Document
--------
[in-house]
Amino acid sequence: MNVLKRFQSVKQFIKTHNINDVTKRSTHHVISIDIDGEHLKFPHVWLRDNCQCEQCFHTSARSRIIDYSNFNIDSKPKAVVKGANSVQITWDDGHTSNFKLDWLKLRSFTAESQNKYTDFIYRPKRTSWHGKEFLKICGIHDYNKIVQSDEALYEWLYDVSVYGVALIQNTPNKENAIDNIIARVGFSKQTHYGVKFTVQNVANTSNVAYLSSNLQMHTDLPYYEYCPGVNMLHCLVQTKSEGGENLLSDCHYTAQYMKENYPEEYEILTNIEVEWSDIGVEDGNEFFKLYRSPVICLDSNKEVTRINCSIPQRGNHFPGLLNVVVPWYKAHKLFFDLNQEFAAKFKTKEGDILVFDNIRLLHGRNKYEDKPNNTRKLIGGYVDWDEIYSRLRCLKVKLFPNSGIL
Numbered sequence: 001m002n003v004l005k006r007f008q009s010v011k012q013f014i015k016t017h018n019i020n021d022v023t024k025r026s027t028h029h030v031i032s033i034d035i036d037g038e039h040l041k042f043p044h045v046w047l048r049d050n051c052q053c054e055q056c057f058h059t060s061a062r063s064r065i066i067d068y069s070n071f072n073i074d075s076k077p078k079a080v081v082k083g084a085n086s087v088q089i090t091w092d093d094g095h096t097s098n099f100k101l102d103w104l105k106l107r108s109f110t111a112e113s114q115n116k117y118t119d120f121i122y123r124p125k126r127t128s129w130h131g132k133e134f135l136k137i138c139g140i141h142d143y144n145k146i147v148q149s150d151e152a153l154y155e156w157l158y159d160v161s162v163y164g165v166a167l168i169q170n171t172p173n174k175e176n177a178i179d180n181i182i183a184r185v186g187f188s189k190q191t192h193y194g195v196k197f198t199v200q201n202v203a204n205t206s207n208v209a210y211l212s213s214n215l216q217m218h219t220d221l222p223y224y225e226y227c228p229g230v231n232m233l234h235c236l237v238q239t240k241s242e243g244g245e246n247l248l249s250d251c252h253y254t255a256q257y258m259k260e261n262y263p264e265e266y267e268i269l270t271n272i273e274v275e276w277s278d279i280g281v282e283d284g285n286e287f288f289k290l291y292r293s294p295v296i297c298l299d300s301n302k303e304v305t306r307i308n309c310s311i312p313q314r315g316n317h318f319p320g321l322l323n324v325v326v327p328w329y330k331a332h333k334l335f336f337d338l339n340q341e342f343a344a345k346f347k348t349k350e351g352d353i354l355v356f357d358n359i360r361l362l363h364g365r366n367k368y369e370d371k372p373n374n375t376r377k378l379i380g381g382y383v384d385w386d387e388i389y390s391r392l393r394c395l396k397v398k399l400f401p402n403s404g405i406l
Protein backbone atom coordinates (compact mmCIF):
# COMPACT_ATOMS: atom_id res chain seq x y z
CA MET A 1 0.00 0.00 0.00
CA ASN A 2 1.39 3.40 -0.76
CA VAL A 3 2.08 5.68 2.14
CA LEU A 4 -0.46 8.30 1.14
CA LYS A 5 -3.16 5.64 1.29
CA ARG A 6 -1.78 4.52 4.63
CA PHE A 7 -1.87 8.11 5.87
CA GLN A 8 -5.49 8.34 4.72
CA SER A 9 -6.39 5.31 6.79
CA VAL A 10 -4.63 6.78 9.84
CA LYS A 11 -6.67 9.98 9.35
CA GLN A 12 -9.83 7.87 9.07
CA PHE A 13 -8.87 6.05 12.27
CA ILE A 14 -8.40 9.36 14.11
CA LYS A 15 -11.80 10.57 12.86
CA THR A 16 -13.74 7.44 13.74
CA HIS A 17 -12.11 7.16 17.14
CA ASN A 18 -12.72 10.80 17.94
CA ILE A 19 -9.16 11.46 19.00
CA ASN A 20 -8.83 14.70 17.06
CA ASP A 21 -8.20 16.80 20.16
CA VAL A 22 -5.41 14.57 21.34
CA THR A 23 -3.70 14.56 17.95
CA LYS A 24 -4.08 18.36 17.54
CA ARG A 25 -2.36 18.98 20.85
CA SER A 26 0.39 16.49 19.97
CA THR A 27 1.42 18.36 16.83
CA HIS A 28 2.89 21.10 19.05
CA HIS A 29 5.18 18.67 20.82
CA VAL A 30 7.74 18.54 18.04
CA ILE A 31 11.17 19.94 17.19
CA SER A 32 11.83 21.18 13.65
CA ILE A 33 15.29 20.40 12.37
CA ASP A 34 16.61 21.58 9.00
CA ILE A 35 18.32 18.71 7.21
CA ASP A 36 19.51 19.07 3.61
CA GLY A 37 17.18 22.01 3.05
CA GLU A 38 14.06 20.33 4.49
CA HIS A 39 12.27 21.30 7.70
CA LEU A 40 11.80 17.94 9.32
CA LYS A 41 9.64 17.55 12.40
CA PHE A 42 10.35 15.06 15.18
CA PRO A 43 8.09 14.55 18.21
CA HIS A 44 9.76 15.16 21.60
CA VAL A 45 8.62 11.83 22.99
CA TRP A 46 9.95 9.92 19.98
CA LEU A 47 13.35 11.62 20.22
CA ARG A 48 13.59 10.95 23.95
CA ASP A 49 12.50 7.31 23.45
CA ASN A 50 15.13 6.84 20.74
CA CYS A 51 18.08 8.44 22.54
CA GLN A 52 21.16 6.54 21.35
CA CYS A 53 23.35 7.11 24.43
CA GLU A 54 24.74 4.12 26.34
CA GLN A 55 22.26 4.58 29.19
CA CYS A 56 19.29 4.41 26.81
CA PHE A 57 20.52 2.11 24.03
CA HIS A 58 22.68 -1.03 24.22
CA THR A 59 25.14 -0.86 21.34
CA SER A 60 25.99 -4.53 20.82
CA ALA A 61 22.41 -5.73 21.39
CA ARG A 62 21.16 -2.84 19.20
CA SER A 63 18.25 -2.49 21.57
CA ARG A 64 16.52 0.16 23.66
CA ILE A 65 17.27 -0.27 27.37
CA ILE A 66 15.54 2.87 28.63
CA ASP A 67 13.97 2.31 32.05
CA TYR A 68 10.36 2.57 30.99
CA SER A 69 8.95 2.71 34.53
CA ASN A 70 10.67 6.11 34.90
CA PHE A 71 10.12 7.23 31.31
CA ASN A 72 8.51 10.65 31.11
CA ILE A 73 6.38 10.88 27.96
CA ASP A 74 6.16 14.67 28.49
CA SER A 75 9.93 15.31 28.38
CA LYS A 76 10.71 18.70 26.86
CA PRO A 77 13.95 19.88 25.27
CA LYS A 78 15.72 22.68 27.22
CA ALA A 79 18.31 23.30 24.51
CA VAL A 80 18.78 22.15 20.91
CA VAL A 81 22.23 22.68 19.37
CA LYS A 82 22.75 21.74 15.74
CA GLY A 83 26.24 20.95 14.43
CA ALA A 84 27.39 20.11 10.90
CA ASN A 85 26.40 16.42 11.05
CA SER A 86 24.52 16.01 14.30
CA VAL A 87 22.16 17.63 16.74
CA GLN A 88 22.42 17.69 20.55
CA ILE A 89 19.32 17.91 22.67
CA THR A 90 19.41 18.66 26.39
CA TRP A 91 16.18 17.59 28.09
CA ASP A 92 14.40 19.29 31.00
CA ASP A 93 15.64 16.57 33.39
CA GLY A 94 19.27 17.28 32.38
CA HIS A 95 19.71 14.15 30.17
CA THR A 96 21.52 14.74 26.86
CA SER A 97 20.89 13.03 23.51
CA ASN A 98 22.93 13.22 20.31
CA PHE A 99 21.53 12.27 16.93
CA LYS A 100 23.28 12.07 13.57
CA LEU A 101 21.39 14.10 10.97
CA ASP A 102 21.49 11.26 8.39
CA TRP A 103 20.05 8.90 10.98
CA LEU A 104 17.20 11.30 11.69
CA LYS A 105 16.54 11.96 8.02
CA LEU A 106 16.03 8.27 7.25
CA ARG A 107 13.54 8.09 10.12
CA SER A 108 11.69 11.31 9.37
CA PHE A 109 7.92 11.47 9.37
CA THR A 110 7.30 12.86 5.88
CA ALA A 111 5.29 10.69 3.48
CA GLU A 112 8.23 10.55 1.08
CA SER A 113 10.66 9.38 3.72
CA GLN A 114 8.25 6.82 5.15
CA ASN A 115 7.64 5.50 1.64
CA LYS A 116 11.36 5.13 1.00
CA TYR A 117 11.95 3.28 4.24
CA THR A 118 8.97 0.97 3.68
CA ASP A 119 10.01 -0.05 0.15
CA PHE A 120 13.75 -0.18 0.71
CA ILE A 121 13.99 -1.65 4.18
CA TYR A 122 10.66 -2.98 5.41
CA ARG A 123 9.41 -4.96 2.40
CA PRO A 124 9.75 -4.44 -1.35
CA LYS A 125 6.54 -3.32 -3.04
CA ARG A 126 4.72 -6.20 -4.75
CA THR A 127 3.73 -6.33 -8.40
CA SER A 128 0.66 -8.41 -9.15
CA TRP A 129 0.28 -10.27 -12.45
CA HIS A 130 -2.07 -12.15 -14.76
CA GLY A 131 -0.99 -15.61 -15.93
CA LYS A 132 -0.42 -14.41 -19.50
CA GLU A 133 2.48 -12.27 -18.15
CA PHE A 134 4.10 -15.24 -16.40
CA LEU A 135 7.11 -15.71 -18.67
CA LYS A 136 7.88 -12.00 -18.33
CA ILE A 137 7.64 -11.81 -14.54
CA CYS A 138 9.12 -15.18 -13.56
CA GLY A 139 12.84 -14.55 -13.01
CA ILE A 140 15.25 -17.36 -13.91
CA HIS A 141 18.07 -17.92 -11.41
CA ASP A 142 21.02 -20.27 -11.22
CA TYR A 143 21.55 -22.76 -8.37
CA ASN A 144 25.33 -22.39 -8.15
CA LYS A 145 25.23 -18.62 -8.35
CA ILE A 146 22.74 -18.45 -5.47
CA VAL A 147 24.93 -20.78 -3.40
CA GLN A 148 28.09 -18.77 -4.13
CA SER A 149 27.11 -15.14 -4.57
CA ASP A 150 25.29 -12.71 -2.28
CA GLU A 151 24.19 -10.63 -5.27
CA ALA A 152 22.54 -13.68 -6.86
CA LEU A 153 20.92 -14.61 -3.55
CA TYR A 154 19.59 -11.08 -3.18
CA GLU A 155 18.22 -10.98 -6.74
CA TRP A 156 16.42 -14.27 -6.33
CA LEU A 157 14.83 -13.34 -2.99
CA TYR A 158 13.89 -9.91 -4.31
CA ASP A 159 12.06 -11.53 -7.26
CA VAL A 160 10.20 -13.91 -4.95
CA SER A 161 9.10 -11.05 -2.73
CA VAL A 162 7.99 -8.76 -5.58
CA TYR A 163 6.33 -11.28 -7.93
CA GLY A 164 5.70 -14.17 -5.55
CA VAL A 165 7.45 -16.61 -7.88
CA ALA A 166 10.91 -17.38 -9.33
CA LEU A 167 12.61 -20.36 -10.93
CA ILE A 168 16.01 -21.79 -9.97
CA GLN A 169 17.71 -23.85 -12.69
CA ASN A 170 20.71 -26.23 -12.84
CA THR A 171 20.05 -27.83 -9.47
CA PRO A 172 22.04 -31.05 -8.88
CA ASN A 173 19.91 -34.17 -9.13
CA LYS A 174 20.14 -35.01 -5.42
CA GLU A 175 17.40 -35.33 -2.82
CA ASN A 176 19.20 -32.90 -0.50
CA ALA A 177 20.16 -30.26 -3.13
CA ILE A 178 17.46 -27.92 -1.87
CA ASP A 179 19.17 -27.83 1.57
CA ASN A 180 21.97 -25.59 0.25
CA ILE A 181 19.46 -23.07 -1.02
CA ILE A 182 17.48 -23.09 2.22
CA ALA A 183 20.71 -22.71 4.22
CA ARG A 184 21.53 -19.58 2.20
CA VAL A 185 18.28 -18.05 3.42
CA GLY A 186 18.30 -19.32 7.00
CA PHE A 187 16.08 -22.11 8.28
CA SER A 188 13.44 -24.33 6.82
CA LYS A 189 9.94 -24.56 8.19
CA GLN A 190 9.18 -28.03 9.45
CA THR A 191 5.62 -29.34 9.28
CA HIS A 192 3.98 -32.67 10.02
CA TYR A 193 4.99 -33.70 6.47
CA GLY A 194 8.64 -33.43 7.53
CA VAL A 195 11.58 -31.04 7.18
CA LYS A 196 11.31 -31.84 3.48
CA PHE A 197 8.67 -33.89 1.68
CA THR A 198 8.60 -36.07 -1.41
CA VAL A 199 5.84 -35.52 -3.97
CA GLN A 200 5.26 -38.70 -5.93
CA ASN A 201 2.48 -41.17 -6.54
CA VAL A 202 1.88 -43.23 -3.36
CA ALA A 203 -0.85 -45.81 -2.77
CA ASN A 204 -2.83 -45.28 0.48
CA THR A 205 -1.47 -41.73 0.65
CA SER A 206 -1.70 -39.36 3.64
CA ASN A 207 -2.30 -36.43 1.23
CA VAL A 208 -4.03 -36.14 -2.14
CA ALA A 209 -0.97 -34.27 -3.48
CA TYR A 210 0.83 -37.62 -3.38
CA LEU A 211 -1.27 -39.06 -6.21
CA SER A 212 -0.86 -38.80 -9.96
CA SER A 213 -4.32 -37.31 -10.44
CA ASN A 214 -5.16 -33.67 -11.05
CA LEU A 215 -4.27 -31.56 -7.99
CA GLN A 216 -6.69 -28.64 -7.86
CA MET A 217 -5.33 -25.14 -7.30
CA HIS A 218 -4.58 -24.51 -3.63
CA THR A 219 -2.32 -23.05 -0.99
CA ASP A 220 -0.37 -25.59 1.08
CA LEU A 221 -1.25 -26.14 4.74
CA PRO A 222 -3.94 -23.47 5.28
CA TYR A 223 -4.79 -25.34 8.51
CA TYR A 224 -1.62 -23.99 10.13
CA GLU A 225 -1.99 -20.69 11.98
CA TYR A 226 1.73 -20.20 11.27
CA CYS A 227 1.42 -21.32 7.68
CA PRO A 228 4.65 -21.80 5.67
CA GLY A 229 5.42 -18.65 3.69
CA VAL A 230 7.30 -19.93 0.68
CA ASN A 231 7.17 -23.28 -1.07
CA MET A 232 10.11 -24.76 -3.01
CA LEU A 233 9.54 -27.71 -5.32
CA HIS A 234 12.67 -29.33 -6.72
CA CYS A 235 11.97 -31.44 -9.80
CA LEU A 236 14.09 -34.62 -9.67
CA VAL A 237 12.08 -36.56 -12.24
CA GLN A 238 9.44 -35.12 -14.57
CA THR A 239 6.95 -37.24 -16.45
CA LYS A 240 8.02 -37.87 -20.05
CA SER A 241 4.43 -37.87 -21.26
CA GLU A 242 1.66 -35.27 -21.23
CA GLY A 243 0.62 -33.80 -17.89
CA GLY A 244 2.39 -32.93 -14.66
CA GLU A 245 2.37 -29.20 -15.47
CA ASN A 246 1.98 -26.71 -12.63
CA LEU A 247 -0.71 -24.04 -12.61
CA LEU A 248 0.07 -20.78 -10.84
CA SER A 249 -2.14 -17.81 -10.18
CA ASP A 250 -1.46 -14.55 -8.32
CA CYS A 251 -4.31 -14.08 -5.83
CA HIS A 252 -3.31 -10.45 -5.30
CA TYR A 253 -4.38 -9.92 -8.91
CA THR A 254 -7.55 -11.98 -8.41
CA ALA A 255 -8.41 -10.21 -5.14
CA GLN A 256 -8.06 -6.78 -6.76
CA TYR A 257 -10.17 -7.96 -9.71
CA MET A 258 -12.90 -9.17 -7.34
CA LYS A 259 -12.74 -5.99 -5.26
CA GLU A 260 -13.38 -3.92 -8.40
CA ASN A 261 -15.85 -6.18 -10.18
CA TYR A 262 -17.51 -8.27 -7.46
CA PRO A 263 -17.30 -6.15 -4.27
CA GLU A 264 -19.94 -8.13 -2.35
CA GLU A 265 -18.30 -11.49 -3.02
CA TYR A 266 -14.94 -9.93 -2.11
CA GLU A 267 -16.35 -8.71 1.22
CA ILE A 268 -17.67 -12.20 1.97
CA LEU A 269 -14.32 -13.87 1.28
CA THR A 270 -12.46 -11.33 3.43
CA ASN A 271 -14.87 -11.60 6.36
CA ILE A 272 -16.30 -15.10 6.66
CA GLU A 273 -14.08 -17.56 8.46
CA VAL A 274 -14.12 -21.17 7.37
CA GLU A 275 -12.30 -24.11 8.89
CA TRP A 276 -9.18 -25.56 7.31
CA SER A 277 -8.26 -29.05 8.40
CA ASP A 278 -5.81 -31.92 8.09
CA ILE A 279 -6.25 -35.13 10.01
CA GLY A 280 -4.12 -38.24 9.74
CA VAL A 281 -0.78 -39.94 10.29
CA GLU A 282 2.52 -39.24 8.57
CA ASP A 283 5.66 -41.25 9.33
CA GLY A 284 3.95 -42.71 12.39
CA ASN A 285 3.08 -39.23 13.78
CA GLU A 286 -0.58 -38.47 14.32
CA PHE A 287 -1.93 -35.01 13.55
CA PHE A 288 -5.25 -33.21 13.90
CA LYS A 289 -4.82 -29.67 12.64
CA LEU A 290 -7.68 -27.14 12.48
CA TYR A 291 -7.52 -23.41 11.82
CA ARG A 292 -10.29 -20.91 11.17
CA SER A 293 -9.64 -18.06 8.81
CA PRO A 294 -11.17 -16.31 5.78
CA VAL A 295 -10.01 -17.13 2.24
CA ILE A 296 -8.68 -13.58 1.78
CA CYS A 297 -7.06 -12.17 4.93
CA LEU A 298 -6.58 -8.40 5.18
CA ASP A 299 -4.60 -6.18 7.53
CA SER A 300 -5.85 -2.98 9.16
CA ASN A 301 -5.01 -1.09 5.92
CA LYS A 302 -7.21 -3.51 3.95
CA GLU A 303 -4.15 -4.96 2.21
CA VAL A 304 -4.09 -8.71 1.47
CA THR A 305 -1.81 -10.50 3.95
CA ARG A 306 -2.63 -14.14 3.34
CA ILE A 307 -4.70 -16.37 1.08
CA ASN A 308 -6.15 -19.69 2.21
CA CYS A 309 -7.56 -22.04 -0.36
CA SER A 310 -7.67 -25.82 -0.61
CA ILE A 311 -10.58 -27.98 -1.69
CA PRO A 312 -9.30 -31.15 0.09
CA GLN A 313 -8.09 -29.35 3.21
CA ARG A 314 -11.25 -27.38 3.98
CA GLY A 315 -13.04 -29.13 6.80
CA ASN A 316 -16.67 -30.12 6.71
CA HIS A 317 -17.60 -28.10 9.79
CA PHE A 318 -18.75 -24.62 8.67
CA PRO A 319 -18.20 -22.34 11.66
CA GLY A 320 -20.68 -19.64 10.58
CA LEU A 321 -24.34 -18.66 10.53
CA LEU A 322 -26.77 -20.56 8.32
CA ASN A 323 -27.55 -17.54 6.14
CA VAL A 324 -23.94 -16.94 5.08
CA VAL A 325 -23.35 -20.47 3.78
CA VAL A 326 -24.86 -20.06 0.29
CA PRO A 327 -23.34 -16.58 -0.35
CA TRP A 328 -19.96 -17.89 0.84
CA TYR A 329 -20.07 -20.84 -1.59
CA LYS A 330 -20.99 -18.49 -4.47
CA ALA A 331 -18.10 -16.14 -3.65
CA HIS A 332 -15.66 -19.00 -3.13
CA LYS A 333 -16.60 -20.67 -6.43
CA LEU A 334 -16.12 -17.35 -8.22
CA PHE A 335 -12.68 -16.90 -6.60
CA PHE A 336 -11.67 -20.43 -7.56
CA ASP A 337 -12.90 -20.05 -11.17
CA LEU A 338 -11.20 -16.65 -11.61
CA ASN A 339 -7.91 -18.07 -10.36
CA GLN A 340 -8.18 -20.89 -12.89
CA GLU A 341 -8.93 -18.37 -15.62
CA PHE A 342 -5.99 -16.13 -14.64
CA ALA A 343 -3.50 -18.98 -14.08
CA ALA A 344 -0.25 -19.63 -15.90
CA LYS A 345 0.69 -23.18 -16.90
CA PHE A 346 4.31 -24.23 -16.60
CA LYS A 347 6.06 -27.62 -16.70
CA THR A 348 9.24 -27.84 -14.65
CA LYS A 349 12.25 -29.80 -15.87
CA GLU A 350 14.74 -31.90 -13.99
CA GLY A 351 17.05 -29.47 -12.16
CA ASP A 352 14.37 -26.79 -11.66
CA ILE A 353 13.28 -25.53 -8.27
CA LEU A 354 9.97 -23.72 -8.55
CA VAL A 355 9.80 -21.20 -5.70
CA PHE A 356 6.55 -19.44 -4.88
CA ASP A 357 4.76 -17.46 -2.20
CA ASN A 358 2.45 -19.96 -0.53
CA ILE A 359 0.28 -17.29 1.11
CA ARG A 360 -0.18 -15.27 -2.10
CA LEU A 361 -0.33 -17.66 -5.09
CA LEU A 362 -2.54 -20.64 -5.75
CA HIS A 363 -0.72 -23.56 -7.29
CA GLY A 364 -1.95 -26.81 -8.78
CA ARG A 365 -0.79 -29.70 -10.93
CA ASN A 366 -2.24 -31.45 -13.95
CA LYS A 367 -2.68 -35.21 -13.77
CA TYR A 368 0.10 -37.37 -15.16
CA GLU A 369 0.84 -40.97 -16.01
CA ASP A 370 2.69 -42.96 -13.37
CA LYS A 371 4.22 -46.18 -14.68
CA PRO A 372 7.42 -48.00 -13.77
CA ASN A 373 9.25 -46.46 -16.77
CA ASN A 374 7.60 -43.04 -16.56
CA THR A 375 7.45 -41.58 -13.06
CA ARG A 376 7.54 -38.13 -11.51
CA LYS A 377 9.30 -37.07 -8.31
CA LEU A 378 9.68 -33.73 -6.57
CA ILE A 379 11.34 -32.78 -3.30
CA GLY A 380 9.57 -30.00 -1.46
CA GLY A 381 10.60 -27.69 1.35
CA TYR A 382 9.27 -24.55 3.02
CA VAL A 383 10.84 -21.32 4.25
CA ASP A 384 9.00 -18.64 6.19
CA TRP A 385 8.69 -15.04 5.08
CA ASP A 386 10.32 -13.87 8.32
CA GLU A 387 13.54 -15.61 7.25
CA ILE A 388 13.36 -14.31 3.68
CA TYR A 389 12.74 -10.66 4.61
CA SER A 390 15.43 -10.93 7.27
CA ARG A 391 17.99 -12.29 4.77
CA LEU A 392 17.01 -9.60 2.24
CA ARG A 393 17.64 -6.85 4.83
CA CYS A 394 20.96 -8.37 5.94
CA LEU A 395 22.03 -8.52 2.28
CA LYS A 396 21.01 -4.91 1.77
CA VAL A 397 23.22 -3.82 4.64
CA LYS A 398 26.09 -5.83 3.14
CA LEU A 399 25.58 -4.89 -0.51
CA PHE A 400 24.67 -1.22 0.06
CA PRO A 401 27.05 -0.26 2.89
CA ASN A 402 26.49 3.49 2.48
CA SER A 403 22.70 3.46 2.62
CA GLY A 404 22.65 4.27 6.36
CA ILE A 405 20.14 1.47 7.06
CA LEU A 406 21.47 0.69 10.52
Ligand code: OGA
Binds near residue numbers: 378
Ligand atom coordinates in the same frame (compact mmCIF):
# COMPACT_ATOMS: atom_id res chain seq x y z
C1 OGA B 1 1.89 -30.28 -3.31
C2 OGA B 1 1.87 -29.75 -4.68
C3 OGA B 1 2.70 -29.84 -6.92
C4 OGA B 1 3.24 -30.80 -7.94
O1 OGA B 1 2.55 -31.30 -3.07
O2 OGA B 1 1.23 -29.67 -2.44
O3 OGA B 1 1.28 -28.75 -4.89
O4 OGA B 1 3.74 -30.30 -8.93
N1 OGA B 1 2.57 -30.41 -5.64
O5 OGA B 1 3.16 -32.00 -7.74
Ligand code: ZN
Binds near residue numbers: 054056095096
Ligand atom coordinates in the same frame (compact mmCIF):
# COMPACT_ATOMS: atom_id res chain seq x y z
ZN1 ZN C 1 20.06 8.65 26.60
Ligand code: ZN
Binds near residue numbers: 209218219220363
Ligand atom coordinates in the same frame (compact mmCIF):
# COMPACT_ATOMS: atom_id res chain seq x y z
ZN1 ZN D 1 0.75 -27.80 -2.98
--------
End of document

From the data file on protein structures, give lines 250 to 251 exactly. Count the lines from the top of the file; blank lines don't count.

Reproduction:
CA GLU A 245 2.37 -29.20 -15.47
CA ASN A 246 1.98 -26.71 -12.63